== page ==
In the late 1990s, the economic return to Advanced level (A-level) mathematics was examined. The analysis was based upon a series of log-linear models of earnings in the 1958 National Child Development Survey (NCDS) and the National Survey of 1980 Graduates and Diplomates. The core finding was that A-level mathematics had a unique earnings premium of 7-10% at age 33. In recent years, this finding has contributed to the government’s agenda of increasing participation in post-16 study of advanced mathematics in England. Given that the 1958 NCDS participants are now 57 years old, this paper repeats this important work using the 1970 British Cohort Study (BCS). Updated models are used to investigate whether the A-level mathematics premium also existed at age 34 for the 1970 BCS participants. There does appear to be a return of approximately 11% when replicating the original model closely but the robustness of this result depends on the model specification, sample size and the handling of missing data. We consider theoretical explanations of these findings and their implications for policy and future research.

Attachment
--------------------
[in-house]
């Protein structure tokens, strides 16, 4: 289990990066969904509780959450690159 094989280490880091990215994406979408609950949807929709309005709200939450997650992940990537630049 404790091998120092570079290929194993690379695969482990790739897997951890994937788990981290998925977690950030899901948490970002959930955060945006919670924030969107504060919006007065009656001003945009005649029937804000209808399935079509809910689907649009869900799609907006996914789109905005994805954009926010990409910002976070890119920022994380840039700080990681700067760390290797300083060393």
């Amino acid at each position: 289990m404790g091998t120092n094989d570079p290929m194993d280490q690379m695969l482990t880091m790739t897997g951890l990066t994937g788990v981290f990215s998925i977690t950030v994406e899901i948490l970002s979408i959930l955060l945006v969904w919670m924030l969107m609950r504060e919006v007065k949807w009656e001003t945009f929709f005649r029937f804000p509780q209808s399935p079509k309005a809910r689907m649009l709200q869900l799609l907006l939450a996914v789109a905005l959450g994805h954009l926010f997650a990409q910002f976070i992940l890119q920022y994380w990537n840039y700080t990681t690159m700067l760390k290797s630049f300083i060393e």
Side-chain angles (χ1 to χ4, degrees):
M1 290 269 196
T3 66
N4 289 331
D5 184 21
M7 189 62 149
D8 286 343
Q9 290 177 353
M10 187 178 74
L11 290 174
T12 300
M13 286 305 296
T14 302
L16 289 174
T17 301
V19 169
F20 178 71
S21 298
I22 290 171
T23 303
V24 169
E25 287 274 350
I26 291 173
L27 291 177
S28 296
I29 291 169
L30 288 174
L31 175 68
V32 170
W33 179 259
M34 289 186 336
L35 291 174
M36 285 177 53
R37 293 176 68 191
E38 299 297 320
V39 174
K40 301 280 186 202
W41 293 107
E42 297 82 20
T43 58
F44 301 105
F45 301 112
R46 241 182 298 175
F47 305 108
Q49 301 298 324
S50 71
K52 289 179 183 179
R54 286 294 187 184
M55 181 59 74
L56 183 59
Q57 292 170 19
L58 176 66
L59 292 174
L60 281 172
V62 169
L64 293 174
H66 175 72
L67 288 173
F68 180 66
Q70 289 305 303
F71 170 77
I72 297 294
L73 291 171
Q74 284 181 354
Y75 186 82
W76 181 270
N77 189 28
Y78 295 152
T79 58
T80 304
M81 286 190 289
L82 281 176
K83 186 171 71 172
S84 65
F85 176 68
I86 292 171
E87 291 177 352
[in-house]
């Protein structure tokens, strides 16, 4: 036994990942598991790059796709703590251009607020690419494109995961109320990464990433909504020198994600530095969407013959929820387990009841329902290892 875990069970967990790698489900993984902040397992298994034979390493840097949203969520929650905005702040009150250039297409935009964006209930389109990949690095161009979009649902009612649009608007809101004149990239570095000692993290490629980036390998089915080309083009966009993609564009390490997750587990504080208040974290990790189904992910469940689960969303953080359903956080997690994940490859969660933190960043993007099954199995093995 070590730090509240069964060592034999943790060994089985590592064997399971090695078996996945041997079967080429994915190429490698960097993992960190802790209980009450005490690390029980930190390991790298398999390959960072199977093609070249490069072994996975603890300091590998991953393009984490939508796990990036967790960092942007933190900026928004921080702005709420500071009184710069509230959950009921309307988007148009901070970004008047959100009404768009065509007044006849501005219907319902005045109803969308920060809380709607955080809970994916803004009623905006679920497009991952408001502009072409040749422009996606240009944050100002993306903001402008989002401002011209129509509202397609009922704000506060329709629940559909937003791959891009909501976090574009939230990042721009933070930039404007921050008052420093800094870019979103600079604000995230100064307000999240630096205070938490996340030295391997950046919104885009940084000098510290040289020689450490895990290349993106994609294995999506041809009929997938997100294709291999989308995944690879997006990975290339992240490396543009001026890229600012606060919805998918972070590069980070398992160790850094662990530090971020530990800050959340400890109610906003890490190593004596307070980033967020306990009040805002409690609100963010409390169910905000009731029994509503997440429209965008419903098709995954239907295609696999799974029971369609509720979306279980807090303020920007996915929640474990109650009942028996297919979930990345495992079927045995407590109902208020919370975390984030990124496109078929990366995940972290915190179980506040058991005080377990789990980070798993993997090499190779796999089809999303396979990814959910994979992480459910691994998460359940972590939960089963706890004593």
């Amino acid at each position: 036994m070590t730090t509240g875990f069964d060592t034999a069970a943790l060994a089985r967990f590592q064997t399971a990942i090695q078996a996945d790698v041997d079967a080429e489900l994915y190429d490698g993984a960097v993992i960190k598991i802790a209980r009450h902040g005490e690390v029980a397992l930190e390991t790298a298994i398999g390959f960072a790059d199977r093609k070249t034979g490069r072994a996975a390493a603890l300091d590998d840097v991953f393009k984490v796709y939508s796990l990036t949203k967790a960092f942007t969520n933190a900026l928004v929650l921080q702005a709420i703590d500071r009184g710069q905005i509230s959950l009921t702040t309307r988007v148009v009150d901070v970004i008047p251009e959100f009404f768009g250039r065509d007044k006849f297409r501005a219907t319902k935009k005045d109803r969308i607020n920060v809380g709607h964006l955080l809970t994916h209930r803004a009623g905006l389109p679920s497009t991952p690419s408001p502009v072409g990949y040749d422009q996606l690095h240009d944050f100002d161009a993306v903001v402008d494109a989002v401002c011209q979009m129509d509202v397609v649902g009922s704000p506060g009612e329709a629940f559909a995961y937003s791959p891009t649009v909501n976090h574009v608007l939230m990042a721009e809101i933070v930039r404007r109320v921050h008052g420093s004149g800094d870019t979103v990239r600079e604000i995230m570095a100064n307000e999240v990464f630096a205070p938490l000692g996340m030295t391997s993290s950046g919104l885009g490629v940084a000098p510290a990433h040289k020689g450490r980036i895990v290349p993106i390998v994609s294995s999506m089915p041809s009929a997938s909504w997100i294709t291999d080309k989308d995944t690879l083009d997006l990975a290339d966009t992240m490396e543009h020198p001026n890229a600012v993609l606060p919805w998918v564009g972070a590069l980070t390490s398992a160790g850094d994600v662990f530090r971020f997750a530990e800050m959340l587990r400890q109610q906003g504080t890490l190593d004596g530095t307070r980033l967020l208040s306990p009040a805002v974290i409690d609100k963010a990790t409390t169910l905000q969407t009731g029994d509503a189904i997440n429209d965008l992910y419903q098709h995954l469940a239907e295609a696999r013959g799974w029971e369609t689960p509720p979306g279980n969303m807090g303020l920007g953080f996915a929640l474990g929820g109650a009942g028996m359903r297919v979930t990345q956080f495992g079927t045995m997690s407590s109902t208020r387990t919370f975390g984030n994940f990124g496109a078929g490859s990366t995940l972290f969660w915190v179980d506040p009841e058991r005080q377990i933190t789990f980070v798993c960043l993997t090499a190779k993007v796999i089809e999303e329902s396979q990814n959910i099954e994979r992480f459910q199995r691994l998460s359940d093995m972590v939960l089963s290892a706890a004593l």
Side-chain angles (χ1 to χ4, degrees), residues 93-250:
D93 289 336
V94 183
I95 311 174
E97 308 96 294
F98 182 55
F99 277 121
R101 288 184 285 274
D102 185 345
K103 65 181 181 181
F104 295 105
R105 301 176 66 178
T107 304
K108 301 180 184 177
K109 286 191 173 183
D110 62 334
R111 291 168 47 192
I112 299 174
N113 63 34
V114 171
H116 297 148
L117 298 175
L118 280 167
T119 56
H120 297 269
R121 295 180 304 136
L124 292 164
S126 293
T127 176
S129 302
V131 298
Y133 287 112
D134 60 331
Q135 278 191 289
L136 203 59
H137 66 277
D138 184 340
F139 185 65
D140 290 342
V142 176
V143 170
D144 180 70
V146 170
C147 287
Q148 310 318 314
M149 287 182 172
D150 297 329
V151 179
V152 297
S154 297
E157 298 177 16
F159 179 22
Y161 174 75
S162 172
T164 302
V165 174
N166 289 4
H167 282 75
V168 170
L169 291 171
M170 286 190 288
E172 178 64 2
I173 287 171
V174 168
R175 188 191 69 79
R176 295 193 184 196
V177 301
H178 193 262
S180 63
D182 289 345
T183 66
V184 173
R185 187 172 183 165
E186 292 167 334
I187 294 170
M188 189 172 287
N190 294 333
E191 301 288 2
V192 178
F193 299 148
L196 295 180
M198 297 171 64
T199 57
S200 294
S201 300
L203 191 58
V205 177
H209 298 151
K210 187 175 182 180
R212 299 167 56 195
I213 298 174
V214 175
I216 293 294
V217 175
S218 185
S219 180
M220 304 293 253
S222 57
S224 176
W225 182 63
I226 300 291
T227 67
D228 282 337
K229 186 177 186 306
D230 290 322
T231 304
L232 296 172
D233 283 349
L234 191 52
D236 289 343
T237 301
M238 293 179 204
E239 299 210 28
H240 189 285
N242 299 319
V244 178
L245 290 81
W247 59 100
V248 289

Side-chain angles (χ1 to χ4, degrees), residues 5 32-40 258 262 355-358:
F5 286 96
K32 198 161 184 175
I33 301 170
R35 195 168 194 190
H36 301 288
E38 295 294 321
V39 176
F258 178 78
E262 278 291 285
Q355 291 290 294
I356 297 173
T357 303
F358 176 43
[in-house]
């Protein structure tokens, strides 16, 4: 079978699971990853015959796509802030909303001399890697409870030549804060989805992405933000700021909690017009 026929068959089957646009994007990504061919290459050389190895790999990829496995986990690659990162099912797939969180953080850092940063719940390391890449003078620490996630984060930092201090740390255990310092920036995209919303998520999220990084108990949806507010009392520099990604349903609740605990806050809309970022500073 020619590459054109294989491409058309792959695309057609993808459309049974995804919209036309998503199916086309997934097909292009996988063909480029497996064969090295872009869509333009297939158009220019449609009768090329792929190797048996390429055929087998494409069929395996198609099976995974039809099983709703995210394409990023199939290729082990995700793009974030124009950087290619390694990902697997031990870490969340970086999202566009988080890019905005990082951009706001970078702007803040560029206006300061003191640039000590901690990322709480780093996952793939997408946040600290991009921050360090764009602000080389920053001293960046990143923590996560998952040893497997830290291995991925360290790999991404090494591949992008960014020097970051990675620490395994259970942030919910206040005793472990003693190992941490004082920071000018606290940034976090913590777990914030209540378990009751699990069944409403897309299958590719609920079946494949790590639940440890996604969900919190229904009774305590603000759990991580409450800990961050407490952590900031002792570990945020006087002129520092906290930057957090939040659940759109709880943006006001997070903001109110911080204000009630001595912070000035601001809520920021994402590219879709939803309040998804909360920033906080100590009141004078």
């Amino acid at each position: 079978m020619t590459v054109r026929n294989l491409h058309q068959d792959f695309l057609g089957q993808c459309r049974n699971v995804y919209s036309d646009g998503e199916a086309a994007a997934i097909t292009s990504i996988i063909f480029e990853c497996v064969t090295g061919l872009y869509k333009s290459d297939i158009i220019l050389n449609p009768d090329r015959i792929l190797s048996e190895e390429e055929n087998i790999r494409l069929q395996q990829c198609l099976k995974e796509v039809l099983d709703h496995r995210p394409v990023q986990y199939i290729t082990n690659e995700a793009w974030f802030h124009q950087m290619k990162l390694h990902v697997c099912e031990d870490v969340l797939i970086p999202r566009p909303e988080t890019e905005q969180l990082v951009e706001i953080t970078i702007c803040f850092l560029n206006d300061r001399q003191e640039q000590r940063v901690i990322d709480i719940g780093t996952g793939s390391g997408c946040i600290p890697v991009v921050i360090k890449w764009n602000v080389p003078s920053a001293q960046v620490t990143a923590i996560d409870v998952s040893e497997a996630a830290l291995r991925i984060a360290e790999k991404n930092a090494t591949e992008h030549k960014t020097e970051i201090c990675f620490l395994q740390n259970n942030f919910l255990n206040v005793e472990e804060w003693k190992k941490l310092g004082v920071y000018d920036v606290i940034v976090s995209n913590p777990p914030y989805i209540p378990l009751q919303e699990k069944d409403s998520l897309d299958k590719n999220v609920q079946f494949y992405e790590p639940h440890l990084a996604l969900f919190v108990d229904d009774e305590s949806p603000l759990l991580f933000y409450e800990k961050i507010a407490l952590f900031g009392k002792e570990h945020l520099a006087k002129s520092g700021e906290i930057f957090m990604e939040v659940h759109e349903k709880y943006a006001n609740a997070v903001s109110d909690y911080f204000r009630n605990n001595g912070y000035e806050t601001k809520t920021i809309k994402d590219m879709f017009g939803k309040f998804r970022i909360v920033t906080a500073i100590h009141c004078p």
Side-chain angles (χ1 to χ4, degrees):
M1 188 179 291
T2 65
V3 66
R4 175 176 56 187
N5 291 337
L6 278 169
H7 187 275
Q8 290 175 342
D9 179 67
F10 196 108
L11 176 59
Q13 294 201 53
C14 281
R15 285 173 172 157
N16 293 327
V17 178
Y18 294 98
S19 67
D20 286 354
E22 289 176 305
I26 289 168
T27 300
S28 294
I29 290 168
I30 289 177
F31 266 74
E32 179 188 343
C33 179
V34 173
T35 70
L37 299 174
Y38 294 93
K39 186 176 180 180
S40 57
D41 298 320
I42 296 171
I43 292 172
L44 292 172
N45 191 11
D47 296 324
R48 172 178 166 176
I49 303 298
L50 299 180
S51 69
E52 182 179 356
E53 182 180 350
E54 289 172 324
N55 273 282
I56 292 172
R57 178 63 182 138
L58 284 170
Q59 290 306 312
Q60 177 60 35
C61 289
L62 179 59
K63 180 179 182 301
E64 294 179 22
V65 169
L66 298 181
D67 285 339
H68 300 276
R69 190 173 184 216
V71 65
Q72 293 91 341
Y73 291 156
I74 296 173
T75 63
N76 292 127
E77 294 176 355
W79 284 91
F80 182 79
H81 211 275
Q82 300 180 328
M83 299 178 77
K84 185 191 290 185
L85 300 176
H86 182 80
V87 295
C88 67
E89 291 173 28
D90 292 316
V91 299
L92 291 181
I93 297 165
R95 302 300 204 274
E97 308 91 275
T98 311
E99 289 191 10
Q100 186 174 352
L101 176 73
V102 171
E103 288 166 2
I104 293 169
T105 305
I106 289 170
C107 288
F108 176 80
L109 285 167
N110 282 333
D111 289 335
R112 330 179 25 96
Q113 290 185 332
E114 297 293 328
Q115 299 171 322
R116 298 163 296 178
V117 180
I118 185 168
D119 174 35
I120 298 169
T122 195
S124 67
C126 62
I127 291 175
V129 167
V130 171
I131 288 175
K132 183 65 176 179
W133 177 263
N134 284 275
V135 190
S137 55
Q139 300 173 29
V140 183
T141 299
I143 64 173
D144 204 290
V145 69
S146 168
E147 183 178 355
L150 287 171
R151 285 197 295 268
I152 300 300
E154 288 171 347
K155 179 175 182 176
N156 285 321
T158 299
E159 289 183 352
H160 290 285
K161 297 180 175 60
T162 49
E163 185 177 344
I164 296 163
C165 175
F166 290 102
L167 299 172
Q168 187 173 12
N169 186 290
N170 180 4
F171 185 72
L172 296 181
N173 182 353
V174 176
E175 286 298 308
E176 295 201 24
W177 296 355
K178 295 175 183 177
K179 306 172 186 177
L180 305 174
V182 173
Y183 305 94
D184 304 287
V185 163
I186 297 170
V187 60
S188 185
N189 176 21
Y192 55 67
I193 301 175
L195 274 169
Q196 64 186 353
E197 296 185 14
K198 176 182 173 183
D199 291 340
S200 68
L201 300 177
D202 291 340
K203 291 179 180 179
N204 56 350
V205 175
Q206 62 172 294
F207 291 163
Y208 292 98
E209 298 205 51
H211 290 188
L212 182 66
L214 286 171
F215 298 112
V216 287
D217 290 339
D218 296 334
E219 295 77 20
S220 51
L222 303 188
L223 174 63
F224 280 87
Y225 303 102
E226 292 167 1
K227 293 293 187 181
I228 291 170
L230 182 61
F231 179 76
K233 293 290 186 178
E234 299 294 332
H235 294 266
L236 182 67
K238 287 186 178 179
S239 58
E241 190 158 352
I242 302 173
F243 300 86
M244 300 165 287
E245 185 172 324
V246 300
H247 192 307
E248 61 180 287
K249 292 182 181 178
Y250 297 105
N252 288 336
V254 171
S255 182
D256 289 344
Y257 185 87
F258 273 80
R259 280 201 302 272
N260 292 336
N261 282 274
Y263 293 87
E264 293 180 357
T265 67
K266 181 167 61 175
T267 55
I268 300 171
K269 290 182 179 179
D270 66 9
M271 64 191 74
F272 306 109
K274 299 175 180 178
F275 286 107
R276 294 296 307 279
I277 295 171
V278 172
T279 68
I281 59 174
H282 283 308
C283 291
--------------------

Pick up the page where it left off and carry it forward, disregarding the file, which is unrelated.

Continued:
Adkins, M., & Noyes, A. (2016). Reassessing the economic value of advanced level mathematics. British Educational Research Journal, 42(1), https://doi.org/10.1002/berj.3219